Lord developed many business interests in the colony, and became one of Sydney's wealthiest men.
His first known business venture was to run a drinking house, and he purchased a license for it in 1798 for £5, after his sentence had expired.
The drinking house was documented as being called "The Swan", but when he renewed the license, for a further £5 in 1799, the name was documented as being The Black Swan.
Simeon also signed as surety on James Squire's establishment called The Malting Shovel in 1799.
In 1801 it was reported that "Simeon Lord sells rum at 32/- a gallon" ... "these are Governor Kings regulations for the benefit of the Colony while American ships who would be glad to sell their liquor at 5/-, 6/- or 7/- per G. are turned away!".
With help from the government like this, it is no wonder that Lord prospered.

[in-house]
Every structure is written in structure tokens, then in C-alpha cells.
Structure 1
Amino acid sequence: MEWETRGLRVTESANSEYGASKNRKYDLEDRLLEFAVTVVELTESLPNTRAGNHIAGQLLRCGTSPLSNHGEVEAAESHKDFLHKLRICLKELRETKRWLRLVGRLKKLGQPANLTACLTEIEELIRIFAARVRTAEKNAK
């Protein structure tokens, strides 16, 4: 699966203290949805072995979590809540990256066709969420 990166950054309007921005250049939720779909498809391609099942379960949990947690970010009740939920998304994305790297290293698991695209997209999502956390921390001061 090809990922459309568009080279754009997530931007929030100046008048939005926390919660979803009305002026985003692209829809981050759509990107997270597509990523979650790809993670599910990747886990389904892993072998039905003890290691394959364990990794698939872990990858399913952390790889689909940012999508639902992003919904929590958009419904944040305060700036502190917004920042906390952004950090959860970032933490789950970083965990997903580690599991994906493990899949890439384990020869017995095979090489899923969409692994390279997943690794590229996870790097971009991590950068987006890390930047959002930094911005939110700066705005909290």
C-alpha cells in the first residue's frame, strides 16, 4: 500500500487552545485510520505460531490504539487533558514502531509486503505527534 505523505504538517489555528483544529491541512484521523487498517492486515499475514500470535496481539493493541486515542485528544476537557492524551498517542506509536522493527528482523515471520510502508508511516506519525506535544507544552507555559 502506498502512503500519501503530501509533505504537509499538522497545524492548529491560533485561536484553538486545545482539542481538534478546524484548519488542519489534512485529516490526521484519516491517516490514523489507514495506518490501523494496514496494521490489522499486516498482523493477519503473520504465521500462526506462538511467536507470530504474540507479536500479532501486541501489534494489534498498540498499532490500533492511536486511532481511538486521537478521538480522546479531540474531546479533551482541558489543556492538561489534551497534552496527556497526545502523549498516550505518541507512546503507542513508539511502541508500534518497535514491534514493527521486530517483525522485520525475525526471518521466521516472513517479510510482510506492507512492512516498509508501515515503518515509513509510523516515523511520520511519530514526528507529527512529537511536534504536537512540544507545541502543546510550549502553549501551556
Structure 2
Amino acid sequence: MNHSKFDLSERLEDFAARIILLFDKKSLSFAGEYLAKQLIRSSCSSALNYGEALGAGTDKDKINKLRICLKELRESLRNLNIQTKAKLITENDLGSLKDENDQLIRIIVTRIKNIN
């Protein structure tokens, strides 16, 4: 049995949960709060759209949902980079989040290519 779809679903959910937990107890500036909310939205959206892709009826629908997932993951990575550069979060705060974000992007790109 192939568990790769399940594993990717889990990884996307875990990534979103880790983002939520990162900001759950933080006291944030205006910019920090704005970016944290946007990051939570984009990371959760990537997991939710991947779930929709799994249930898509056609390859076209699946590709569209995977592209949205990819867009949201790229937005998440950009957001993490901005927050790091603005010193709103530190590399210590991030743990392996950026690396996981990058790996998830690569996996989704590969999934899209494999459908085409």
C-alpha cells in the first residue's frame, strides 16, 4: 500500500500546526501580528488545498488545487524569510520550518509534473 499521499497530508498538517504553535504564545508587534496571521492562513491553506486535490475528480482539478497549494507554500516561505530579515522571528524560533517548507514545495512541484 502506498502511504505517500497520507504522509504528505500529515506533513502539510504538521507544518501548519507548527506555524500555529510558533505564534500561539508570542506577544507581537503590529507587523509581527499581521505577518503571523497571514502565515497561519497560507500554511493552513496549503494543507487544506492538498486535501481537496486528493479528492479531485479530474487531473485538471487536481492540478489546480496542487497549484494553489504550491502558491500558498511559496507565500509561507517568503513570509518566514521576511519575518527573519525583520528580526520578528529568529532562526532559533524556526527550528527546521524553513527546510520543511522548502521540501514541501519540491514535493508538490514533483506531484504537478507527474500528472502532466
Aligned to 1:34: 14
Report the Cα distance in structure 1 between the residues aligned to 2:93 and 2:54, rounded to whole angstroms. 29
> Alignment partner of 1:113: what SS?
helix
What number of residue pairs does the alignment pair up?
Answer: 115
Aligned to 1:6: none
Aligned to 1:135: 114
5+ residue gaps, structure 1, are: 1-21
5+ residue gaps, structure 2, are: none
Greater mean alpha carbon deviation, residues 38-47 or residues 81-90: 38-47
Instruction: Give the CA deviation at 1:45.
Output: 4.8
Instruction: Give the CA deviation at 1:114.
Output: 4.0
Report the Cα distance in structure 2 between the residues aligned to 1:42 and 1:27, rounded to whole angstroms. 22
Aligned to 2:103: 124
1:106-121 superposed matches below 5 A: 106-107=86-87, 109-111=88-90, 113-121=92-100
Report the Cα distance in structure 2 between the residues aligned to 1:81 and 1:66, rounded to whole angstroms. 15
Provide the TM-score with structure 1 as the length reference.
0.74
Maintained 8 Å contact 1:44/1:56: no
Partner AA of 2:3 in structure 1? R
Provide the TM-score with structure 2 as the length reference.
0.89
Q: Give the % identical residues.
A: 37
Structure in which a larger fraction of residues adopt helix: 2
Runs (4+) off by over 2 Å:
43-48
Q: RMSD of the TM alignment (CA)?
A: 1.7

In a few years Lord had established a general merchandise and agency business, and in 1800 with a partner purchased a brig the Anna Josepha.
He also became an auctioneer and prospered, a return made in 1804 said that the "estimated value of commercial articles imported from abroad in the hands of Simeon Lord and other dealers was £15,000".
Though his position was not comparable with that of Robert Campbell, it is clear that already he was one of the leading merchants of Sydney.
His business was on the site of the corner of Bridge Street and Macquarie Place.
In 1807 Governor William Bligh spoke adversely about his business dealings with the masters of ships, and Judge Field several years later spoke in a similar way.
Aspersions of this kind against members of the emancipist class at this period must, however, be accepted with caution.
No doubt Lord was a keen business man well able to look after his own interests, but he also had enterprise and courage, valuable qualities in the developing colony.